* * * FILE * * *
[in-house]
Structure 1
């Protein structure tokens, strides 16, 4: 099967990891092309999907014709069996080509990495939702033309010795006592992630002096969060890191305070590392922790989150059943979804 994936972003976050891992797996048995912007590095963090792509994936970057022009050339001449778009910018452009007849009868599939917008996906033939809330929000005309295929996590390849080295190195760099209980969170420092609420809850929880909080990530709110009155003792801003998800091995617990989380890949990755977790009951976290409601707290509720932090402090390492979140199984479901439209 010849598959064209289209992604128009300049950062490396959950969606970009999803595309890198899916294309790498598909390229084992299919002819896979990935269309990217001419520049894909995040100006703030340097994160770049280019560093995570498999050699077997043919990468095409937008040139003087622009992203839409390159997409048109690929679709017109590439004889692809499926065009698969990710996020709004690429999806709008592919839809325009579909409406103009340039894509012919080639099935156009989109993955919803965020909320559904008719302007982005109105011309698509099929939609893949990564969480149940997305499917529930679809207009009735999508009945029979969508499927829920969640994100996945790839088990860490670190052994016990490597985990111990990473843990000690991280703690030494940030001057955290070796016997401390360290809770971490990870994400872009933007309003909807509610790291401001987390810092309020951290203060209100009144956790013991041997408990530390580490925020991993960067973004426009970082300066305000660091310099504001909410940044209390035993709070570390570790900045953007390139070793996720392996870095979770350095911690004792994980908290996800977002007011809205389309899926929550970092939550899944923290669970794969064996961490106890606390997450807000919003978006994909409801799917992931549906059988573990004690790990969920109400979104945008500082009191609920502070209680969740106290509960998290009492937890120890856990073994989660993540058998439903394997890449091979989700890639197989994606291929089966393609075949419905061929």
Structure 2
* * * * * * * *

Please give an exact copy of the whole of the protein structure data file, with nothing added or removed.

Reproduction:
[in-house]
Structure 1
């Protein structure tokens, strides 16, 4: 099967990891092309999907014709069996080509990495939702033309010795006592992630002096969060890191305070590392922790989150059943979804 994936972003976050891992797996048995912007590095963090792509994936970057022009050339001449778009910018452009007849009868599939917008996906033939809330929000005309295929996590390849080295190195760099209980969170420092609420809850929880909080990530709110009155003792801003998800091995617990989380890949990755977790009951976290409601707290509720932090402090390492979140199984479901439209 010849598959064209289209992604128009300049950062490396959950969606970009999803595309890198899916294309790498598909390229084992299919002819896979990935269309990217001419520049894909995040100006703030340097994160770049280019560093995570498999050699077997043919990468095409937008040139003087622009992203839409390159997409048109690929679709017109590439004889692809499926065009698969990710996020709004690429999806709008592919839809325009579909409406103009340039894509012919080639099935156009989109993955919803965020909320559904008719302007982005109105011309698509099929939609893949990564969480149940997305499917529930679809207009009735999508009945029979969508499927829920969640994100996945790839088990860490670190052994016990490597985990111990990473843990000690991280703690030494940030001057955290070796016997401390360290809770971490990870994400872009933007309003909807509610790291401001987390810092309020951290203060209100009144956790013991041997408990530390580490925020991993960067973004426009970082300066305000660091310099504001909410940044209390035993709070570390570790900045953007390139070793996720392996870095979770350095911690004792994980908290996800977002007011809205389309899926929550970092939550899944923290669970794969064996961490106890606390997450807000919003978006994909409801799917992931549906059988573990004690790990969920109400979104945008500082009191609920502070209680969740106290509960998290009492937890120890856990073994989660993540058998439903394997890449091979989700890639197989994606291929089966393609075949419905061929």
Structure 2